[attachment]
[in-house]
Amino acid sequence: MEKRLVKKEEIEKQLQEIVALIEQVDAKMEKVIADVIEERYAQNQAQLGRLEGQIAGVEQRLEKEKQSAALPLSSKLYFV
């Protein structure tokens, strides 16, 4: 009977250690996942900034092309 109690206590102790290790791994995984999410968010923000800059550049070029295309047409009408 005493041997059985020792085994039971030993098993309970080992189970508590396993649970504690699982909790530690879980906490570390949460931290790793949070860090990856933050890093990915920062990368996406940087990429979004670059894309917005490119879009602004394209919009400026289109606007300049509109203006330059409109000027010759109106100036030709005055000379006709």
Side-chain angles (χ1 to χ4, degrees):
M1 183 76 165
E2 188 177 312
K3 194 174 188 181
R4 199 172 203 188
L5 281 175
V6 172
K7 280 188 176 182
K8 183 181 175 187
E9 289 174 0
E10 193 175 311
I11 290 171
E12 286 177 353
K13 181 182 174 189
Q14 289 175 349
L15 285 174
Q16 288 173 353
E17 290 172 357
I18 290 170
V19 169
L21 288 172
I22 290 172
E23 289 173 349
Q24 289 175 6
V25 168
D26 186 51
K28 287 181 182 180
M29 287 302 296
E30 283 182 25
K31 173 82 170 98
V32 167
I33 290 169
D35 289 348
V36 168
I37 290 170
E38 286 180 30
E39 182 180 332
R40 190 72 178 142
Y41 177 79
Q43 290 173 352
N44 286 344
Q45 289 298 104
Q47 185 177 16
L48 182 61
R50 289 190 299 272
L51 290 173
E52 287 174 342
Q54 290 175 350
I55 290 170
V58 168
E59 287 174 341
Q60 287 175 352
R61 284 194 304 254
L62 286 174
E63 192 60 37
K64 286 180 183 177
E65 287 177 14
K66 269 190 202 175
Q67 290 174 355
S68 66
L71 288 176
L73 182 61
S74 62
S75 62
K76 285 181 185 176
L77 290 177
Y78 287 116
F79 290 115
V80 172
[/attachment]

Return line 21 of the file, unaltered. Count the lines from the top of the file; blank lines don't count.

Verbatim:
E17 290 172 357